Monotonic/monotone vs. monotonous

At a physics conference I attended last week in Berlin, I came across yet another example of tricky distinctions to master. Several speakers confused the words monotonic or monotone with monotonous. While these words can be used interchangeably in some situations, only monotonic and monotone are correct in a mathematical context. The Oxford online dictionary

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The singular they

The English language makes it relatively easy to write in a gender-neutral way because nouns in general do not have a gender; a gender is only specified when referring to people or animals. Hence, there is only one indefinite article (the) and two definite articles (a or an, see here). Compare this to German, where

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How vs. What

Today I want to address a mistake that is very common among non-native speakers, namely the confusion of how and what … like in forming questions. While I always had a reasonably good intuition when to use which, I learned that there is actually some logic behind it. According to my trusted book Practical English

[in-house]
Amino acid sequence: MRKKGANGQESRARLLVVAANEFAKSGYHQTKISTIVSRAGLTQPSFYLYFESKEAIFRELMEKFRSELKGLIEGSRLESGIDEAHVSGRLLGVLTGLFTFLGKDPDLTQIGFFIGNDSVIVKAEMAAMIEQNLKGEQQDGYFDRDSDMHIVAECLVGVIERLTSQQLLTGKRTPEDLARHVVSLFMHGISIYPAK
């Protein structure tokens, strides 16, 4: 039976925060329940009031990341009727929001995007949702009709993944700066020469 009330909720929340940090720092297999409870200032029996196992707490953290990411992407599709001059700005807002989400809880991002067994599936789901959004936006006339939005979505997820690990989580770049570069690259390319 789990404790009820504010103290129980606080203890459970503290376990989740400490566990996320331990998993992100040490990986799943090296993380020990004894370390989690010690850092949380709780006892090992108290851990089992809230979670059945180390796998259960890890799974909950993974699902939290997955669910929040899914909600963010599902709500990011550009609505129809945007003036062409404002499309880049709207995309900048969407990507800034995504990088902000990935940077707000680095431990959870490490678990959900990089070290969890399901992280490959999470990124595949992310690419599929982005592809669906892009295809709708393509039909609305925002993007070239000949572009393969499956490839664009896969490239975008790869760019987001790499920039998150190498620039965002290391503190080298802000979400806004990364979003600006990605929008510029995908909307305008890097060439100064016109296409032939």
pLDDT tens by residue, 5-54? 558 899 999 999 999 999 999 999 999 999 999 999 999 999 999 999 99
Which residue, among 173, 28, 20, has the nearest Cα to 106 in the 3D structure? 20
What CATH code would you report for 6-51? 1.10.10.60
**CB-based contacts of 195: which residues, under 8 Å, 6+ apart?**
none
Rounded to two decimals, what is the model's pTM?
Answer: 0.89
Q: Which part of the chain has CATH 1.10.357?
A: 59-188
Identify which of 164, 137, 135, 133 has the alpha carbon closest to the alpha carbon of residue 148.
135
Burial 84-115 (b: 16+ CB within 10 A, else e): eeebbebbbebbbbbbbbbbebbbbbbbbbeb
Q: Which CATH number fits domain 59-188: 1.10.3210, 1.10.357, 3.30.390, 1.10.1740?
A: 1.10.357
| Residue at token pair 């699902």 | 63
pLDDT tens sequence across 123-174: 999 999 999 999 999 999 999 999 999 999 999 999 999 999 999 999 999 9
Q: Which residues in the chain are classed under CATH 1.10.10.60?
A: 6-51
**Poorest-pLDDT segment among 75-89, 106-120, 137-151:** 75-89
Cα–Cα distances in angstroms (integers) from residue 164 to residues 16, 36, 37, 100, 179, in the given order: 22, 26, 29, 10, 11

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To treat vs. to invite

Inspired by a recent stay in a hotel (see picture), let me point out a subtle but important difference in meaning between the verbs treat and invite. The situation is made even trickier by the fact that other languages (in particular German) do not have this distinction. Consider the following two sentences: (1) I would

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English for gourmets

Fine dining has become a hobby for many people, so it makes sense to acquire the necessary vocabulary. Because the English-speaking countries were for a long time not exactly known for their exquisite food, many of the expressions are in fact of French origin. An amuse-bouche or amuse-gueule (listen here) (known as Gruß aus der

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